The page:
BINMEN doing their rounds on a Burnley street were shocked to see a laughing flasher, a court was told.

Police were called because of three "drunk" men, who were said to have been aggressive towards the refuse collectors, shouting and to have been causing damage in the anti-social rumpus.

A female officer arrived to find Aaron Roberts had dropped his shorts in a front garden and he pulled them up as soon as he spotted her.

Roberts, 26, had made "a thrusting motion for all to see," after exposing himself, Burnley magistrates heard.

The hearing was told how a refuse supervisor was to tell police he had been " disgusted ," by what he had seen, as there were a lot of people around and children had been on the street on their way to school not long before.

Roberts, a young dad with a drink problem, ended up being struck with a baton and pava sprayed by police in the garden, but was so inebriated, it didn't seem to have much effect.

The defendant, of Reynolds Street, Burnley, admitted exposure and resisting police, on April 25. He was given a two month curfew, seven days a week, between 8pm and 8am and must pay £55 costs.

Alex Mann, prosecuting, said it seemed Roberts had been acting stupidly and in drink and his actions were " not really to upset females."

The refuse collectors had been on Harold Avenue at about 9am and police were called because of the three men causing trouble.

Mrs Mann said the supervisor described how as they were waiting for officers to arrive, the defendant appeared in a garden, staggering about. He dropped his shorts and was laughing. The police officer described the defendant's behaviour as erratic and believed he might have been on something else as well as drunk.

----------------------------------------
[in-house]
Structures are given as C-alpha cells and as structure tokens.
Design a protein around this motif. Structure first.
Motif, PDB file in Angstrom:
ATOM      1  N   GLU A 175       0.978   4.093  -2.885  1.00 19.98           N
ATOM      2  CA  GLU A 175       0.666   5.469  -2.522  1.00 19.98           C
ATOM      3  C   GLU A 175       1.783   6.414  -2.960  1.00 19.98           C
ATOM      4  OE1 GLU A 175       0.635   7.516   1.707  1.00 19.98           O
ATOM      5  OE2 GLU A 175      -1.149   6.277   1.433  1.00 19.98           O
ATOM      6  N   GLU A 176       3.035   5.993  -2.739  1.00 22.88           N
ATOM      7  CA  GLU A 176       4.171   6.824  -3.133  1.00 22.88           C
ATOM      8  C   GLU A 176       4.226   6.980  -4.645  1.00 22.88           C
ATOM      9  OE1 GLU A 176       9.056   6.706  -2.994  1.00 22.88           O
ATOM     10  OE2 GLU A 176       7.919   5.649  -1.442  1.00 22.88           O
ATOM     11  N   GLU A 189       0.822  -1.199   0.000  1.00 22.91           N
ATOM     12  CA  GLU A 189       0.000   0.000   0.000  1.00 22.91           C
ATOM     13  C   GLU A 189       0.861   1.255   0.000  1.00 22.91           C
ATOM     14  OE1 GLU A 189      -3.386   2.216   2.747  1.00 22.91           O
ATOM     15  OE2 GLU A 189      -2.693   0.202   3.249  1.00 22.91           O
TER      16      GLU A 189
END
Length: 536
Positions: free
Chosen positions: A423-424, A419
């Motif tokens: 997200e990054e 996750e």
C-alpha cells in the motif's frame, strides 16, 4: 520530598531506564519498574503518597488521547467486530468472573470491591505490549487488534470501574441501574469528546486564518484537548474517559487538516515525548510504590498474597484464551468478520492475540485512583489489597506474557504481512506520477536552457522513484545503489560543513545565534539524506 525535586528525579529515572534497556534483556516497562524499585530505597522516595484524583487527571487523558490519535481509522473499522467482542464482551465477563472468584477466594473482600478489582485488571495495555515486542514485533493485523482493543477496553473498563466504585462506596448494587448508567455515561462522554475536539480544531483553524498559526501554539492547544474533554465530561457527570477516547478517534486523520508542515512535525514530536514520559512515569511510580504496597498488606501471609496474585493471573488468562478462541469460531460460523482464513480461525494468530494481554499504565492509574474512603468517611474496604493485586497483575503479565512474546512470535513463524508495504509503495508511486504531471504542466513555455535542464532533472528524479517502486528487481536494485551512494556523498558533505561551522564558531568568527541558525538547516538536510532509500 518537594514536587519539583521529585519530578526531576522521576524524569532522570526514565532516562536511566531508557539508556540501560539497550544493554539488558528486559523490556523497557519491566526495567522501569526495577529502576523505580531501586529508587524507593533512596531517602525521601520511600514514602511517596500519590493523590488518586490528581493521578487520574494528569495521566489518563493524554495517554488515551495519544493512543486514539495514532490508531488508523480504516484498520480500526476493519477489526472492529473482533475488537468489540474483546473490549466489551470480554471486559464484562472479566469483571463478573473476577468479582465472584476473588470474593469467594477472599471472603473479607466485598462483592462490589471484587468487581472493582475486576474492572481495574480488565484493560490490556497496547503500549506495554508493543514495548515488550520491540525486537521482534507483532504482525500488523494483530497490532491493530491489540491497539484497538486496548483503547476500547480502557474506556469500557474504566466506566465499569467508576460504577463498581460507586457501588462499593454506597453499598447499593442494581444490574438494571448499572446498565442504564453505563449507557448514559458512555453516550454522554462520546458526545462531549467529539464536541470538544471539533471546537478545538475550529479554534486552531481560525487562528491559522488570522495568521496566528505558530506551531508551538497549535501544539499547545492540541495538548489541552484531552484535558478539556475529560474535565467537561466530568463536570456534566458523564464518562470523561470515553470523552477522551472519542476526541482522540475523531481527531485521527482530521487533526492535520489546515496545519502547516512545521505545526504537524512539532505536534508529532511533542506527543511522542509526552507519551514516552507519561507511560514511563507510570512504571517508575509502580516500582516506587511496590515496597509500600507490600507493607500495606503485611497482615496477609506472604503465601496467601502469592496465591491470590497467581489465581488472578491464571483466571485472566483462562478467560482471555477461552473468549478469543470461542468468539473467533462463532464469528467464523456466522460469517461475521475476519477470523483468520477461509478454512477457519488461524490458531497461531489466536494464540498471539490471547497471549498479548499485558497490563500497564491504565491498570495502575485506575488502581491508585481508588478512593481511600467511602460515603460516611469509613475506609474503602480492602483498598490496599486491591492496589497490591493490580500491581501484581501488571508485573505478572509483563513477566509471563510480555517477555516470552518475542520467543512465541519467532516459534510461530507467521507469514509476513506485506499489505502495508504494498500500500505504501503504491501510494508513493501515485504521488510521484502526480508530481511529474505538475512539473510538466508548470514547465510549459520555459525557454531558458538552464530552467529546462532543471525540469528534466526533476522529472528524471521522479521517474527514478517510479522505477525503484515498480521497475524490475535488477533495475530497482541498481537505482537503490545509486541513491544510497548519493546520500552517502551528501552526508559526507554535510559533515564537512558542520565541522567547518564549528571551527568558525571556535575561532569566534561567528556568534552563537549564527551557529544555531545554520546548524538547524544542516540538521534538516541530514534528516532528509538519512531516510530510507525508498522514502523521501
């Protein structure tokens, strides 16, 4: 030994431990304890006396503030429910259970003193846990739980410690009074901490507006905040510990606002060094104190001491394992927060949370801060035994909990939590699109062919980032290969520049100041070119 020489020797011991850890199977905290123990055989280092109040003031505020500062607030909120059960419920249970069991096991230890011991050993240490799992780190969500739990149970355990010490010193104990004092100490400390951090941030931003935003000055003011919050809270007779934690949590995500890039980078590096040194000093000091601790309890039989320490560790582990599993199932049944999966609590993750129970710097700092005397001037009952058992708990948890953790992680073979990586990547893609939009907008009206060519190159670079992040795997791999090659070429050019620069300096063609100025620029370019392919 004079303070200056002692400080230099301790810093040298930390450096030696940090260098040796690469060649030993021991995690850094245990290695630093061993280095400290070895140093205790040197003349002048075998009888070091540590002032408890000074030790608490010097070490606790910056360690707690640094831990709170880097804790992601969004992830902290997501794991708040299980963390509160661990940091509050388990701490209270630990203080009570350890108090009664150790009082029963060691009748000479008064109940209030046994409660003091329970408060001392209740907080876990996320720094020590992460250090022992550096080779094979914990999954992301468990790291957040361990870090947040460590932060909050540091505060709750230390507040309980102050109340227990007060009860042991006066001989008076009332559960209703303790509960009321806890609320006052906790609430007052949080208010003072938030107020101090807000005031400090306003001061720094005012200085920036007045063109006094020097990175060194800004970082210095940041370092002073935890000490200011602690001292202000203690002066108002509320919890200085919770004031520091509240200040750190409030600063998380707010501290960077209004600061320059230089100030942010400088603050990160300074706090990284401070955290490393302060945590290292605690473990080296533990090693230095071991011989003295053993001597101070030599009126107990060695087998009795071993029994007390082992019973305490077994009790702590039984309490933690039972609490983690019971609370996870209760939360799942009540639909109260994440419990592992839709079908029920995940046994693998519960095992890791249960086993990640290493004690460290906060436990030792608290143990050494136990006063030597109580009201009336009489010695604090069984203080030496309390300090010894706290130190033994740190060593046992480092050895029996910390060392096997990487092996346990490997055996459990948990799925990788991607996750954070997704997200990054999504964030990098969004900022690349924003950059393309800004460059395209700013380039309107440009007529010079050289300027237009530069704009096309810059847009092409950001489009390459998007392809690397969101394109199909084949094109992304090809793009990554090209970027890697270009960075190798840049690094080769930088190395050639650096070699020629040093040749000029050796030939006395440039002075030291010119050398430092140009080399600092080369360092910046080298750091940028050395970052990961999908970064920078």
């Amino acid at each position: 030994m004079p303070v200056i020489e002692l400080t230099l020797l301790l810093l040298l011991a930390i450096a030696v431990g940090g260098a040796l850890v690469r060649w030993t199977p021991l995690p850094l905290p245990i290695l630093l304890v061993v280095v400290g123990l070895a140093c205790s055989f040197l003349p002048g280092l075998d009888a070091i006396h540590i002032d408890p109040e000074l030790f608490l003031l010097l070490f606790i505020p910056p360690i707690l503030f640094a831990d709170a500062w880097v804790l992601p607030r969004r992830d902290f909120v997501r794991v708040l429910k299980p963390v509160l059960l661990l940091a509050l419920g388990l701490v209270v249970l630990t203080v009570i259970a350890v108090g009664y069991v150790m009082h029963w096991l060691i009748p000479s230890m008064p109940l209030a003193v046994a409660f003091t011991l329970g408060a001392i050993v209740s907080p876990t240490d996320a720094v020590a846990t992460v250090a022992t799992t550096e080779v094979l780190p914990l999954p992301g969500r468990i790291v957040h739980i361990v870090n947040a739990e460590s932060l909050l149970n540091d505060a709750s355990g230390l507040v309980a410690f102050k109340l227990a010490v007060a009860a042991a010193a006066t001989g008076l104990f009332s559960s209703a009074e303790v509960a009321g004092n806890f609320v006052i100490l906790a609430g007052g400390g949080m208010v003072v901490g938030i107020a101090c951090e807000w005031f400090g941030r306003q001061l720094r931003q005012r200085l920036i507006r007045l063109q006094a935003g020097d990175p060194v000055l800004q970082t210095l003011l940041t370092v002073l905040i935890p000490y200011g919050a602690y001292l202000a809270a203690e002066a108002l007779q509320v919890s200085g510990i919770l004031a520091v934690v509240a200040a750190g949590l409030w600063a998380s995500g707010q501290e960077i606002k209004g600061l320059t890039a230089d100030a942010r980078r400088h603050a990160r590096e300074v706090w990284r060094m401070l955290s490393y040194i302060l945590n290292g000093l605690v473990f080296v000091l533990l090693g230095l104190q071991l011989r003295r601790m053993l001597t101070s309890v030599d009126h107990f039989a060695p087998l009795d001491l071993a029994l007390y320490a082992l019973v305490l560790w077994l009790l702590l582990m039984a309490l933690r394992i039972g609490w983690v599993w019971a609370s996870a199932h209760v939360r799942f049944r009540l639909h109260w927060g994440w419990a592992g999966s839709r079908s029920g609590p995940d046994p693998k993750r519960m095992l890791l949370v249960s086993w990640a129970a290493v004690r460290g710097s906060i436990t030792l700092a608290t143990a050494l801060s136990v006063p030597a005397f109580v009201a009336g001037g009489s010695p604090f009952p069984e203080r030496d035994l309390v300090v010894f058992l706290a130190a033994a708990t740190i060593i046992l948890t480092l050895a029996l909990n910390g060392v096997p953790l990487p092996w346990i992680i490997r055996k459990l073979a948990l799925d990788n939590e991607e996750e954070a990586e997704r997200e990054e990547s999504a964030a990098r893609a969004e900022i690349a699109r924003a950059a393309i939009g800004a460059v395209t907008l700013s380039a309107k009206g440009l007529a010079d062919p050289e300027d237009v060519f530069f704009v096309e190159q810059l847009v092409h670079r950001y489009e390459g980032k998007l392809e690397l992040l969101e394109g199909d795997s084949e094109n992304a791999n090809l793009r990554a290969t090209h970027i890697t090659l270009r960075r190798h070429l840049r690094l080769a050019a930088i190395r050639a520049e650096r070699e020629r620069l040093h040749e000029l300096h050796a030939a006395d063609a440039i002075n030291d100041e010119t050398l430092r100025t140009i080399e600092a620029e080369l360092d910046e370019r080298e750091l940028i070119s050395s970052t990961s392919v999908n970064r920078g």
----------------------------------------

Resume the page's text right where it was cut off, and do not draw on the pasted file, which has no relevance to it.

Richard Taylor, for Roberts, said he had a partner and two year old child. He showed "very, very genuine remorse," for what happened.

The solicitor told the bench: "He appears before you a chastened young man, embarrassed and ashamed for what he has done.

"He is somebody who recognises he has a significant problem with alcohol and since this incident, he has self referred himself to Inspire."

Mr Taylor said Roberts had been at his friend's house and had gone out into the garden to urinate, but things went a stage further.

He continued: "Nobody under 18 witnessed this incident .As soon as police arrived on the scene, he pulled his pants up."

The solicitor added the defendant, who was on benefits, suffered from schizophrenia and was on medication, but had not been taking it at the time.

Mr Taylor added: "He recognises it's not the medication for schizophrenia that's causing the problem, it's the alcohol. This may be the wake-up call that he has needed."